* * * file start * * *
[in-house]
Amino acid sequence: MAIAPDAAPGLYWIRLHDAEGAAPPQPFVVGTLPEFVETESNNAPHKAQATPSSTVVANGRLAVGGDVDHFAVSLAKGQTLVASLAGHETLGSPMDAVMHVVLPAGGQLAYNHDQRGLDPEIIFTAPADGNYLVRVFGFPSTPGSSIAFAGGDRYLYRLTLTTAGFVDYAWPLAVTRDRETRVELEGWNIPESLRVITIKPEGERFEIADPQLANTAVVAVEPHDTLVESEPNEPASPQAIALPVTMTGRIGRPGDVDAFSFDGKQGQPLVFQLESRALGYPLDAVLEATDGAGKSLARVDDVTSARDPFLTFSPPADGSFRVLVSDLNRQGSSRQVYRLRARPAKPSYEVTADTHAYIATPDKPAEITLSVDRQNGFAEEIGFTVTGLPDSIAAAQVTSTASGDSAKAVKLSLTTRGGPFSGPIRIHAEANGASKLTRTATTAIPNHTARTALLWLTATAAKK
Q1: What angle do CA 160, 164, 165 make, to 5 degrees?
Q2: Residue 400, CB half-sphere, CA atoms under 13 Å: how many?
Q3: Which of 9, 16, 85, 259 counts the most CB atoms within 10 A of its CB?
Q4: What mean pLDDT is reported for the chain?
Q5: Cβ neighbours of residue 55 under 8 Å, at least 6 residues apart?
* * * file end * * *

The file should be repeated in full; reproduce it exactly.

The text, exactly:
[in-house]
Amino acid sequence: MAIAPDAAPGLYWIRLHDAEGAAPPQPFVVGTLPEFVETESNNAPHKAQATPSSTVVANGRLAVGGDVDHFAVSLAKGQTLVASLAGHETLGSPMDAVMHVVLPAGGQLAYNHDQRGLDPEIIFTAPADGNYLVRVFGFPSTPGSSIAFAGGDRYLYRLTLTTAGFVDYAWPLAVTRDRETRVELEGWNIPESLRVITIKPEGERFEIADPQLANTAVVAVEPHDTLVESEPNEPASPQAIALPVTMTGRIGRPGDVDAFSFDGKQGQPLVFQLESRALGYPLDAVLEATDGAGKSLARVDDVTSARDPFLTFSPPADGSFRVLVSDLNRQGSSRQVYRLRARPAKPSYEVTADTHAYIATPDKPAEITLSVDRQNGFAEEIGFTVTGLPDSIAAAQVTSTASGDSAKAVKLSLTTRGGPFSGPIRIHAEANGASKLTRTATTAIPNHTARTALLWLTATAAKK
Q1: What angle do CA 160, 164, 165 make, to 5 degrees?
Q2: Residue 400, CB half-sphere, CA atoms under 13 Å: how many?
Q3: Which of 9, 16, 85, 259 counts the most CB atoms within 10 A of its CB?
Q4: What mean pLDDT is reported for the chain?
Q5: Cβ neighbours of residue 55 under 8 Å, at least 6 residues apart?